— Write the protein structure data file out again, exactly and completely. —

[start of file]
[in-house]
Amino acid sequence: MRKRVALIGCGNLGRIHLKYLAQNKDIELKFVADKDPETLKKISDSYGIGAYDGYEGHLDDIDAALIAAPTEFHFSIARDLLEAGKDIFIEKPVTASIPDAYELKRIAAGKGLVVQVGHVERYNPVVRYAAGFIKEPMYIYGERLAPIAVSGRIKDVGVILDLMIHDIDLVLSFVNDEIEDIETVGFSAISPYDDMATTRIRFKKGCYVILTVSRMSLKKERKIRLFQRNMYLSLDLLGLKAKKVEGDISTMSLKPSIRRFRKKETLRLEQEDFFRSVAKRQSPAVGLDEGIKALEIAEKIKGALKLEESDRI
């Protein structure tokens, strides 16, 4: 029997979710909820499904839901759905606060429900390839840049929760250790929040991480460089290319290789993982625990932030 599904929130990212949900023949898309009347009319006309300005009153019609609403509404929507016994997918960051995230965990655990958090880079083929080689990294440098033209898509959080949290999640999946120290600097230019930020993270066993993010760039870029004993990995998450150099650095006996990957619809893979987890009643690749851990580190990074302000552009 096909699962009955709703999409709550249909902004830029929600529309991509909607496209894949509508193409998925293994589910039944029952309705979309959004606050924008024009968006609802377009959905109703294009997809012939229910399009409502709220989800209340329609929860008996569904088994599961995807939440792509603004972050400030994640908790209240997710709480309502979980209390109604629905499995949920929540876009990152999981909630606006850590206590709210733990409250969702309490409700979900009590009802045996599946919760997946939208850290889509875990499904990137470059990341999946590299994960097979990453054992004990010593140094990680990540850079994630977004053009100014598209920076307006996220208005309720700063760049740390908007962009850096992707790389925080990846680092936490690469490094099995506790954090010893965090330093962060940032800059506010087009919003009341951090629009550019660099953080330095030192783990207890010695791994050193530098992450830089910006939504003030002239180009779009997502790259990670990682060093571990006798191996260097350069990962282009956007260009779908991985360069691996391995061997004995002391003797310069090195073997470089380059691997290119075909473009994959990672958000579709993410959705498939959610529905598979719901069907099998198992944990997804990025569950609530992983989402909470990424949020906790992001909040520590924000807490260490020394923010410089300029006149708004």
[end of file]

[in-house]
Amino acid sequence: MRKRVALIGCGNLGRIHLKYLAQNKDIELKFVADKDPETLKKISDSYGIGAYDGYEGHLDDIDAALIAAPTEFHFSIARDLLEAGKDIFIEKPVTASIPDAYELKRIAAGKGLVVQVGHVERYNPVVRYAAGFIKEPMYIYGERLAPIAVSGRIKDVGVILDLMIHDIDLVLSFVNDEIEDIETVGFSAISPYDDMATTRIRFKKGCYVILTVSRMSLKKERKIRLFQRNMYLSLDLLGLKAKKVEGDISTMSLKPSIRRFRKKETLRLEQEDFFRSVAKRQSPAVGLDEGIKALEIAEKIKGALKLEESDRI
């Protein structure tokens, strides 16, 4: 029997979710909820499904839901759905606060429900390839840049929760250790929040991480460089290319290789993982625990932030 599904929130990212949900023949898309009347009319006309300005009153019609609403509404929507016994997918960051995230965990655990958090880079083929080689990294440098033209898509959080949290999640999946120290600097230019930020993270066993993010760039870029004993990995998450150099650095006996990957619809893979987890009643690749851990580190990074302000552009 096909699962009955709703999409709550249909902004830029929600529309991509909607496209894949509508193409998925293994589910039944029952309705979309959004606050924008024009968006609802377009959905109703294009997809012939229910399009409502709220989800209340329609929860008996569904088994599961995807939440792509603004972050400030994640908790209240997710709480309502979980209390109604629905499995949920929540876009990152999981909630606006850590206590709210733990409250969702309490409700979900009590009802045996599946919760997946939208850290889509875990499904990137470059990341999946590299994960097979990453054992004990010593140094990680990540850079994630977004053009100014598209920076307006996220208005309720700063760049740390908007962009850096992707790389925080990846680092936490690469490094099995506790954090010893965090330093962060940032800059506010087009919003009341951090629009550019660099953080330095030192783990207890010695791994050193530098992450830089910006939504003030002239180009779009997502790259990670990682060093571990006798191996260097350069990962282009956007260009779908991985360069691996391995061997004995002391003797310069090195073997470089380059691997290119075909473009994959990672958000579709993410959705498939959610529905598979719901069907099998198992944990997804990025569950609530992983989402909470990424949020906790992001909040520590924000807490260490020394923010410089300029006149708004």